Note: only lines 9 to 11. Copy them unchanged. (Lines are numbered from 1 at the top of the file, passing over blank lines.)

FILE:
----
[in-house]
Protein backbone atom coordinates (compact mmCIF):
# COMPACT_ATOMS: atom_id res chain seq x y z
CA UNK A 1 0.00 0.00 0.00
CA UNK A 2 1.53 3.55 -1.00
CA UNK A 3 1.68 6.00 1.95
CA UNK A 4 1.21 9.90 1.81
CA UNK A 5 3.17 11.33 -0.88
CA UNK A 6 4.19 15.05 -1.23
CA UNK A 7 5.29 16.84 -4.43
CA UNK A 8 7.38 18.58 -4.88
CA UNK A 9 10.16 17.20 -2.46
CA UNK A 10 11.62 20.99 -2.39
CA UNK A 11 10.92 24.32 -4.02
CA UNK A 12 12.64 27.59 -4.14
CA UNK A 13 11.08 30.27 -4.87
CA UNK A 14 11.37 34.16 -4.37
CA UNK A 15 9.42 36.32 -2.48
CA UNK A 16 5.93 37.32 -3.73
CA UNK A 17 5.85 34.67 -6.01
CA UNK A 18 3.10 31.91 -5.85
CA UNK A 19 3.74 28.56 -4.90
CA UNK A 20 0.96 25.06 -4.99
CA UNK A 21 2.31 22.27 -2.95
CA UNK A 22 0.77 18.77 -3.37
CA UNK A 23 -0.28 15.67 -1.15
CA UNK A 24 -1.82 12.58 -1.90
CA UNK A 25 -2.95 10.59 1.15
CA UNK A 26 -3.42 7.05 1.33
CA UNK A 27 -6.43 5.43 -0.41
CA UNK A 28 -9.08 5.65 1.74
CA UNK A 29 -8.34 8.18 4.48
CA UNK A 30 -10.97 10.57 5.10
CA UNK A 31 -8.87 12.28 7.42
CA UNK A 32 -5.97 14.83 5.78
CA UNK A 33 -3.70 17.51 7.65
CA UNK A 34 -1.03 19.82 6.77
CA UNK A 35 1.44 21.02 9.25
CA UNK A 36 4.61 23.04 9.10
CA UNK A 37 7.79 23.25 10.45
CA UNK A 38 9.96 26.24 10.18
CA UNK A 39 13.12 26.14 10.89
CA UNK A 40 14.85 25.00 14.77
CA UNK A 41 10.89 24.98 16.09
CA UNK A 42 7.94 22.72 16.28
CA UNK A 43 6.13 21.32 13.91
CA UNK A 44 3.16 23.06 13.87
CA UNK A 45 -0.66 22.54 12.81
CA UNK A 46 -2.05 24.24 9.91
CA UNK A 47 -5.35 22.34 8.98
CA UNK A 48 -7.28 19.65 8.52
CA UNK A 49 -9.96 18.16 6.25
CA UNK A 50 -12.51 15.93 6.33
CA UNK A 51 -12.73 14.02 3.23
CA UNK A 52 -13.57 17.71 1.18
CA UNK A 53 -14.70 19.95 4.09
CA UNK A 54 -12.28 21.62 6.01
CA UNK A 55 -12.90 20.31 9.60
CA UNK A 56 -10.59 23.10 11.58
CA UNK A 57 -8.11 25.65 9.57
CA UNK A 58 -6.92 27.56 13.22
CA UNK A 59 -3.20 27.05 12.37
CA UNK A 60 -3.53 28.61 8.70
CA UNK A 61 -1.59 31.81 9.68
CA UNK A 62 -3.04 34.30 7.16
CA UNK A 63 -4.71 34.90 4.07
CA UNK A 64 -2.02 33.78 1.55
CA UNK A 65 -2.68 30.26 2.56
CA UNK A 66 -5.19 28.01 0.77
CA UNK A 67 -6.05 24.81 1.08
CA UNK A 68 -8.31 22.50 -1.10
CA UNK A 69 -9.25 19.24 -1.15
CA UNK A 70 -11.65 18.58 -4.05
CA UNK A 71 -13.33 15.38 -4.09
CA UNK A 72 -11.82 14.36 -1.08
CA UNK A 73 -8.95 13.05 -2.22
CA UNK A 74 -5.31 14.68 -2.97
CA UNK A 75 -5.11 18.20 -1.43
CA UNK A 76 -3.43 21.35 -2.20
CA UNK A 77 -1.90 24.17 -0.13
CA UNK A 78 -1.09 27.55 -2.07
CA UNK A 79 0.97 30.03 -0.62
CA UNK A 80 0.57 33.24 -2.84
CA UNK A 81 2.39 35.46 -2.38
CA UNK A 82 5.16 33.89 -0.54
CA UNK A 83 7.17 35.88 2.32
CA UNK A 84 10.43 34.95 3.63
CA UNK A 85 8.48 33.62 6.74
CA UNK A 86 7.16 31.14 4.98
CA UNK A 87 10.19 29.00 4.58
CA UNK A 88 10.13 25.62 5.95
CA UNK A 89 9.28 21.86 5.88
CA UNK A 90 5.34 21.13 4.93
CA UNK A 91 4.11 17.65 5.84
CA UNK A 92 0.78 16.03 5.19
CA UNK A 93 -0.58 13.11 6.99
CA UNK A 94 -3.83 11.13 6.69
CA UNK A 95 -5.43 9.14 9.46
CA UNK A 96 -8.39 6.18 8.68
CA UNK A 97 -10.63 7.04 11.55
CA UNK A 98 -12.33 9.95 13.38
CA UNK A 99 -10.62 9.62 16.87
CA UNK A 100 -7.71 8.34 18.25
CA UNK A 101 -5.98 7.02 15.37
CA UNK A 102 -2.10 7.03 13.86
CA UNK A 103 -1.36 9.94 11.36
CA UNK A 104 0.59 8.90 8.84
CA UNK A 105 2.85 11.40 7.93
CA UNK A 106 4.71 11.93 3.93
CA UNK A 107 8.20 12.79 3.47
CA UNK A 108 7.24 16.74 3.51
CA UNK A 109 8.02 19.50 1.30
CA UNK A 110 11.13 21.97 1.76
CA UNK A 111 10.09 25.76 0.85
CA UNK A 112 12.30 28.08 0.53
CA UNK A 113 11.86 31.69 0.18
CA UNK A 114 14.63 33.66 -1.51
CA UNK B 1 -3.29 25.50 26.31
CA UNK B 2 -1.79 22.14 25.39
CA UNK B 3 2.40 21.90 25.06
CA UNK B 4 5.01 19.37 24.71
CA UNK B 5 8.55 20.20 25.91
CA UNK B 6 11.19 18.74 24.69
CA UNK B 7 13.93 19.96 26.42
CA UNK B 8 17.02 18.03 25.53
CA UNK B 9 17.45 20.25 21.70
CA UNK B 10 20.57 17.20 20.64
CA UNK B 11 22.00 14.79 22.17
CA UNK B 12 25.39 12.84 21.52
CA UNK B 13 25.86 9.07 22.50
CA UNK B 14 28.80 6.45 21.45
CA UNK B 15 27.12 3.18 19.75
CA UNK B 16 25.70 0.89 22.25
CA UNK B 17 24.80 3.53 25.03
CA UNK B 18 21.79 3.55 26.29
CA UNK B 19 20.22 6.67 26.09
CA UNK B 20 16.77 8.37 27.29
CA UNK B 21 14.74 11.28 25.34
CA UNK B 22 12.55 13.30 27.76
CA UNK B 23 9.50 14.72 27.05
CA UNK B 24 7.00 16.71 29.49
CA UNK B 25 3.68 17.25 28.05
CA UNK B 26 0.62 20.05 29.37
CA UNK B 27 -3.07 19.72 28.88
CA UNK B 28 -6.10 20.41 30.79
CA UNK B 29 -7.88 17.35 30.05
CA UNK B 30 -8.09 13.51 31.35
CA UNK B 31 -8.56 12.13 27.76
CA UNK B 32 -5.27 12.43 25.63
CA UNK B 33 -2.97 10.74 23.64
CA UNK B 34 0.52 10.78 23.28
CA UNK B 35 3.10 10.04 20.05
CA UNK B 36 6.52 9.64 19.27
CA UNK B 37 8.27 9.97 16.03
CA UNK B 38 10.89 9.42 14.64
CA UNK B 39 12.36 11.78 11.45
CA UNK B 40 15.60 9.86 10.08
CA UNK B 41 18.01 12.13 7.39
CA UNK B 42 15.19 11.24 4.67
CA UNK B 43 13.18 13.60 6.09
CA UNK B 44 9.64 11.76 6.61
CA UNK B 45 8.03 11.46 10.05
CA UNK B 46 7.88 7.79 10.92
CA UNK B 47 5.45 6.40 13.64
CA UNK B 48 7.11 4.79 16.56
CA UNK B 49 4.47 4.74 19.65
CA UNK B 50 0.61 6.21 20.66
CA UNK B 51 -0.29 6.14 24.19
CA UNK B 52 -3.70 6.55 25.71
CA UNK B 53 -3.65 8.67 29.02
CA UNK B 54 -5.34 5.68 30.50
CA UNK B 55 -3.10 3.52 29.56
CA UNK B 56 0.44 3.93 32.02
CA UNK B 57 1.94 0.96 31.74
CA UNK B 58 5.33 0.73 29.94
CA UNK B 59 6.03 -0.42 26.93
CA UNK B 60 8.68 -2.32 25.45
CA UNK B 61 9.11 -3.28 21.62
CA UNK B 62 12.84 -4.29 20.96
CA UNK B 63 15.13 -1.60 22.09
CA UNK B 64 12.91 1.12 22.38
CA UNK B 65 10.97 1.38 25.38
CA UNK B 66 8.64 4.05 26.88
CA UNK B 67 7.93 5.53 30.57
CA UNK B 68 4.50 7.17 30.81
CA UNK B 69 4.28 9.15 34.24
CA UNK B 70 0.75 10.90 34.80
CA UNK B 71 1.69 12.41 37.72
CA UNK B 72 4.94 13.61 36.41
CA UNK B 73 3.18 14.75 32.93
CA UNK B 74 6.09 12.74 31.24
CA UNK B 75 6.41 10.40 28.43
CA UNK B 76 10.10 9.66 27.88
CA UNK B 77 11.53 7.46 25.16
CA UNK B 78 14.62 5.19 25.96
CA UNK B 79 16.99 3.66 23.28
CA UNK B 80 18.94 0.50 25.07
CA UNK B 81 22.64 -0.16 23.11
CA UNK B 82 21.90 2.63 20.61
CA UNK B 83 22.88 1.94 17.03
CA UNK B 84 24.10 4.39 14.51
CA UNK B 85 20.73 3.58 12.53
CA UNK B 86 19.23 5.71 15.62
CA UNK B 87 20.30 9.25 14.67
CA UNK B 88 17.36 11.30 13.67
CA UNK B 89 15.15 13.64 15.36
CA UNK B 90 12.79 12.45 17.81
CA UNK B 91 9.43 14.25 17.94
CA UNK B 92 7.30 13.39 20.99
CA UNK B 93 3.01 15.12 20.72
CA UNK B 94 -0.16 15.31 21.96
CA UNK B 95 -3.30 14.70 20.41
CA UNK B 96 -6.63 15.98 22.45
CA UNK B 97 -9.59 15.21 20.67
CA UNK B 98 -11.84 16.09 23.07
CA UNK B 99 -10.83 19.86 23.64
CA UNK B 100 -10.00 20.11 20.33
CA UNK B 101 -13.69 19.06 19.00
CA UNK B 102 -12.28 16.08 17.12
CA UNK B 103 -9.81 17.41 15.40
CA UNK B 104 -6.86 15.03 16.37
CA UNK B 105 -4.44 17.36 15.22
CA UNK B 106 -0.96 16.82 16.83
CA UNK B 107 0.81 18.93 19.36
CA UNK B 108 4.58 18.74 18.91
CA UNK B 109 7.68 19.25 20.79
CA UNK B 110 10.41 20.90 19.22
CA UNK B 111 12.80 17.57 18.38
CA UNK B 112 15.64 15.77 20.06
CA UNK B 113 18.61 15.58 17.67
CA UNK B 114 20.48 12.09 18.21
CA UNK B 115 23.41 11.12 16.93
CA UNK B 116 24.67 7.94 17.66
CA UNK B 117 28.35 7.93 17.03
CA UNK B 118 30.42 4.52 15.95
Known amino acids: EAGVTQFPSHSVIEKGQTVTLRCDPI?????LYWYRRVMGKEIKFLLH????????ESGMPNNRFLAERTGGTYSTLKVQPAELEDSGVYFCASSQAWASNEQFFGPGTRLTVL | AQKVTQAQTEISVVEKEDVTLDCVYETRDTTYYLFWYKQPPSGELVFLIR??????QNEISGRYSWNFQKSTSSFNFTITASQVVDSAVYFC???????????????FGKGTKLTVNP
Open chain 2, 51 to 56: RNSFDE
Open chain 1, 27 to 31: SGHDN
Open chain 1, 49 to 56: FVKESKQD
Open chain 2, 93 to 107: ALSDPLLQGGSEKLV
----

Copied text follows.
CA UNK A 6 4.19 15.05 -1.23
CA UNK A 7 5.29 16.84 -4.43
CA UNK A 8 7.38 18.58 -4.88